We’ve used these insights to inform the next chapter of our work. If you’re interested in learning more about our research insights, stay tuned for a blog series from our Research & Development team detailing some of our key findings from a survey we conducted with DACA recipients.   

Learn more about the programs and spread the word

We’re excited to begin offering a series of new loan programs in California that facilitate pathways to immigration protection and stable employment for individuals and their families.

 

 

Here are some next steps you can take:

1. Watch the recording of our webinar.

Learn more about the enrollment process and how to apply. Share the video with your community and other non profit organizations throughout California!

2. If you live in California, apply for a loan to finance your USCIS application.

Need help financing your USCIS application fee for U.S. Citizenship, DACA Renewals, Green Card, Petition for Relative, or Temporary Protected Status? Apply here if you live in California.

3. Spread the word on social media.

Tell your friends and family and post one of these images about these new programs on Facebook, Twitter or Instagram.

We want our community to know that MAF is #HereToStay. Don’t forget to follow us on Facebook, Twitter, and Instagram to stay in the loop about our new programs.

The Trump Administration ended DACA on September 5, 2017, igniting a wave of anguish and fear in communities throughout the country. Since 2012, hundreds of thousands of young people came out of the shadows to register for the DACA program hoping that that would be the first step to becoming full participants in the U.S., the country many know as their only home. Despite the dark cloud of uncertainty in their lives, young immigrants are rising up, full of hope. They are organizing the social justice movement of our generation, advocating for a DREAM Act that would give young immigrants a path to citizenship, and pushing for comprehensive immigration reforms to help millions of undocumented immigrants as well.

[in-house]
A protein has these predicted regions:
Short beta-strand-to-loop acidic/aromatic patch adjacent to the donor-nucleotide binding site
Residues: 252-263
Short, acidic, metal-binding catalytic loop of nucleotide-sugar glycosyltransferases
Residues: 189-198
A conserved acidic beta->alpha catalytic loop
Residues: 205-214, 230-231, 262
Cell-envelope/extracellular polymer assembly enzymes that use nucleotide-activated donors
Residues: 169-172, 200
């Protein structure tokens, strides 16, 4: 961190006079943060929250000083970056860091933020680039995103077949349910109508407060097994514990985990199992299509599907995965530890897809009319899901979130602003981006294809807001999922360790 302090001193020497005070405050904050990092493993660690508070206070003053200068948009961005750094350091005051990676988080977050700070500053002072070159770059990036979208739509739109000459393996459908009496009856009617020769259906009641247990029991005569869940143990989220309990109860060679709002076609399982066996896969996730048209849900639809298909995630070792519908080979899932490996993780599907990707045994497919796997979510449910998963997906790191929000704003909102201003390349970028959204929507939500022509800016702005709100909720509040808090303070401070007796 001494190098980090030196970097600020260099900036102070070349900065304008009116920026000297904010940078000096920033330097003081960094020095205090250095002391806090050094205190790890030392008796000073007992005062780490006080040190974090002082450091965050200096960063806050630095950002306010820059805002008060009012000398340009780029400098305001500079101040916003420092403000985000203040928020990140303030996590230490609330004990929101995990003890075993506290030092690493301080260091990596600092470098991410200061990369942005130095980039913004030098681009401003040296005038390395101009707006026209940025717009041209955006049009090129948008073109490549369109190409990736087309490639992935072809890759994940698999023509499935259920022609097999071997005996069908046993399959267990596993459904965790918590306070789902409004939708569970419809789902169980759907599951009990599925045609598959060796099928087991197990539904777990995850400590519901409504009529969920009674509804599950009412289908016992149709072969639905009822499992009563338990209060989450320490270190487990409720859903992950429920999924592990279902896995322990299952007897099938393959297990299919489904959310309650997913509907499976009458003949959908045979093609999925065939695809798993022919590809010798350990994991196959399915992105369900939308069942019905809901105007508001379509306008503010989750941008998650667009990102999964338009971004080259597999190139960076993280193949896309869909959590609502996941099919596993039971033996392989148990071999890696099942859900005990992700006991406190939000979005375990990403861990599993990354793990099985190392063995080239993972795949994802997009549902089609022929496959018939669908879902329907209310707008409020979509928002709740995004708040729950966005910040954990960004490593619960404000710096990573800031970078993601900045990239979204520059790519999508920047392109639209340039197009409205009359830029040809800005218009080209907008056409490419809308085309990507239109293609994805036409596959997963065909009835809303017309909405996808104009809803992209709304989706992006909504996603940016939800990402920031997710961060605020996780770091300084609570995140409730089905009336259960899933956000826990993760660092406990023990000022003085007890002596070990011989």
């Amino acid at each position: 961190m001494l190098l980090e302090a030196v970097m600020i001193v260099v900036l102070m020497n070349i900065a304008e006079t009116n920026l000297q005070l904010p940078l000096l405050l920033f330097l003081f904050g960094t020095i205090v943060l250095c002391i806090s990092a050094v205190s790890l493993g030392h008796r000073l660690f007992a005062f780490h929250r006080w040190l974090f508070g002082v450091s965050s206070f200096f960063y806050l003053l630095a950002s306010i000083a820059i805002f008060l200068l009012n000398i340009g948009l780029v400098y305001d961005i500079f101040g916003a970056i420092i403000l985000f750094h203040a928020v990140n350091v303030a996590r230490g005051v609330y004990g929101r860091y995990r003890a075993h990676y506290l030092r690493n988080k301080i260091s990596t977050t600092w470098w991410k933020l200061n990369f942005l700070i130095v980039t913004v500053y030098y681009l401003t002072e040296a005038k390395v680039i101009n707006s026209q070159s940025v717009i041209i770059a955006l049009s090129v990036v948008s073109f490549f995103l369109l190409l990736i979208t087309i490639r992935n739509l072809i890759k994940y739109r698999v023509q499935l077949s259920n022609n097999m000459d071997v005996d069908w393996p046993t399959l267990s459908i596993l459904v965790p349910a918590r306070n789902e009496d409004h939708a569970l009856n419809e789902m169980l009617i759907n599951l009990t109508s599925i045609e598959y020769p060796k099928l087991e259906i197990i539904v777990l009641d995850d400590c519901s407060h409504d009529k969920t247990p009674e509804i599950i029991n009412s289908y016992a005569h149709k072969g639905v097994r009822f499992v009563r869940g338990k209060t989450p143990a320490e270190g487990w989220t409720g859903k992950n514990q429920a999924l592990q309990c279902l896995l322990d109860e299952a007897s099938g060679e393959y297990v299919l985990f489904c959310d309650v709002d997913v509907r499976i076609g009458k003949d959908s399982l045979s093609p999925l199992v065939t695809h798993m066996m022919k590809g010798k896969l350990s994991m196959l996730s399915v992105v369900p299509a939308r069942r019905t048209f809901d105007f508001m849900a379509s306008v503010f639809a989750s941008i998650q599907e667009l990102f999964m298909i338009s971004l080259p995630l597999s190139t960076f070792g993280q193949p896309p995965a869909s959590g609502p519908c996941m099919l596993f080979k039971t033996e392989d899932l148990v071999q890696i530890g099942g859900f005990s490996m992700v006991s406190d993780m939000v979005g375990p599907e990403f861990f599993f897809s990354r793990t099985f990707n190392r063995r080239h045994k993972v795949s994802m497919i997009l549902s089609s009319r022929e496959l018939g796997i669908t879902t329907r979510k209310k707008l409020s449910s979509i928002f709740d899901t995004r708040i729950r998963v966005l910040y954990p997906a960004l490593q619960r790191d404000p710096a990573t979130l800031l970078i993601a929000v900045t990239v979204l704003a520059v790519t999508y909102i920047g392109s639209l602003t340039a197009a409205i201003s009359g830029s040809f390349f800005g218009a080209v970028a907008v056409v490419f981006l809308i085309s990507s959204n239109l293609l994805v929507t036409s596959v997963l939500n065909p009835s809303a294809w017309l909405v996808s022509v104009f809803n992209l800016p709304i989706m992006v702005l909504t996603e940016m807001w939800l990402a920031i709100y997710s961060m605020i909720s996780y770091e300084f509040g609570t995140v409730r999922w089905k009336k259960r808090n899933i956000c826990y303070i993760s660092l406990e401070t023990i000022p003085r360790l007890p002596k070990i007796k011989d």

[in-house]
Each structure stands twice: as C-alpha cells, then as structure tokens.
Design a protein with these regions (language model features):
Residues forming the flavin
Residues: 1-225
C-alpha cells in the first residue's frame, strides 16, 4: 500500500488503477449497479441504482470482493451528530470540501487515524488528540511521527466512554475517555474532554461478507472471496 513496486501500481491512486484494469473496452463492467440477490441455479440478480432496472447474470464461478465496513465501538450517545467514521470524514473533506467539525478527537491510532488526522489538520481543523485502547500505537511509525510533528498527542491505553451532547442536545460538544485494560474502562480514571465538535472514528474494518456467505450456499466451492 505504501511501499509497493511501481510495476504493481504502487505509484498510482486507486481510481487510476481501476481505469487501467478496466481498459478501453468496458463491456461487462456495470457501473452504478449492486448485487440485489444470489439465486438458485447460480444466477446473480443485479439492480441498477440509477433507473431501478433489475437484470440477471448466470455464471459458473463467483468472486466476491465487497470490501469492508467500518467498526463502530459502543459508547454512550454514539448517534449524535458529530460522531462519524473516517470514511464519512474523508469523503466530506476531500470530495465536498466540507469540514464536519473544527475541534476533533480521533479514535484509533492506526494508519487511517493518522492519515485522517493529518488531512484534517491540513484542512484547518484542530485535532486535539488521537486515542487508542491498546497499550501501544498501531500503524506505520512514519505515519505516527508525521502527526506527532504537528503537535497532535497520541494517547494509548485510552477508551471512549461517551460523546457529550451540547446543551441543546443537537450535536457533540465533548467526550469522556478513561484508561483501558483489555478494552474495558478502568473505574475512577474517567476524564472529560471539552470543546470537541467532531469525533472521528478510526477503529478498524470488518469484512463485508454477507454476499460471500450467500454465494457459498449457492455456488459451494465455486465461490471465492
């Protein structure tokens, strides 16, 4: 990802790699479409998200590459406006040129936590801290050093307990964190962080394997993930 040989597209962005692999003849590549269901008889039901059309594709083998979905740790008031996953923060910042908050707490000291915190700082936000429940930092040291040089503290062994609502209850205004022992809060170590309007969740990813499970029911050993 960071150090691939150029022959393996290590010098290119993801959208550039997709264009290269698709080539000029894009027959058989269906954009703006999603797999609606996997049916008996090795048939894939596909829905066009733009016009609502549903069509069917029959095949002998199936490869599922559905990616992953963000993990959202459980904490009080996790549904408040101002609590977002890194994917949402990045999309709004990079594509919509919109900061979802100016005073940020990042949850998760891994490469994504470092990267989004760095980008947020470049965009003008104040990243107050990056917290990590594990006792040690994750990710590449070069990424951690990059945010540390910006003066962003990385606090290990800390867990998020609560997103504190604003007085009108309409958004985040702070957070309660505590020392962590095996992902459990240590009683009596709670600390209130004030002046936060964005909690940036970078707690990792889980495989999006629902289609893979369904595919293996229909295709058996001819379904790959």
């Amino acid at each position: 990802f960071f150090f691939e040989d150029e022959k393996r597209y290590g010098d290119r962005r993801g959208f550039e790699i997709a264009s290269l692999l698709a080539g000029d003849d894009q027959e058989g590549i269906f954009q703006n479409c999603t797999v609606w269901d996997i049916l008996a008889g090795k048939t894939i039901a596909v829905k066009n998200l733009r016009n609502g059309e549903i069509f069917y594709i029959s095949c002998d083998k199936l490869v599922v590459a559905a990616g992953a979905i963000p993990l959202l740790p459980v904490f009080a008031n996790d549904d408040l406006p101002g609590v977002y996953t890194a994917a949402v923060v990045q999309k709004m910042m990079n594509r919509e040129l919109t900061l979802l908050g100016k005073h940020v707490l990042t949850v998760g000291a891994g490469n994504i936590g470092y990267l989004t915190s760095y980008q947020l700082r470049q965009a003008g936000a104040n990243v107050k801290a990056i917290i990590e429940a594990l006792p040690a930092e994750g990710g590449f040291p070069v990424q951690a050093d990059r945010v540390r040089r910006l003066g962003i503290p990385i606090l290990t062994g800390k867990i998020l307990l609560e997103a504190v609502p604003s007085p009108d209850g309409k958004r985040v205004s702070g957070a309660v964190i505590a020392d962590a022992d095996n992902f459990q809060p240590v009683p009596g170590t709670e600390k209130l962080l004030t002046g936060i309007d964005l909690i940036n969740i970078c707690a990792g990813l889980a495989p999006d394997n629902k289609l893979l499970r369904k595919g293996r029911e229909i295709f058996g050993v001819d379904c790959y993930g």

I was boarding a flight at the crack of dawn to Los Angeles when the Trump Administration announced that it was ending the Deferred Action for Childhood Arrivals (DACA) program.

Since 2012, this program has provided young, undocumented immigrants brought to the United States as children – commonly referred to as “Dreamers” – with protection from deportation and work permits. Scrolling through the headlines, I knew it would be a rough day. Not only was the Administration ending DACA, but it was doing so in a ridiculously cruel way. The announcement ended DACA for new applicants – many of whom were high school students who dreamed of pursuing higher education using DACA – while giving those already with DACA just one month to submit applications to renew their status if their work authorization ended by March 5, 2018. Dreamers were left to learn about the announcement on their own and determine whether or not they qualified.

154,000 Dreamers could extend their protective status for two more years. But they didn’t get any letters or receive a phone call. There was no outreach to encourage them to renew.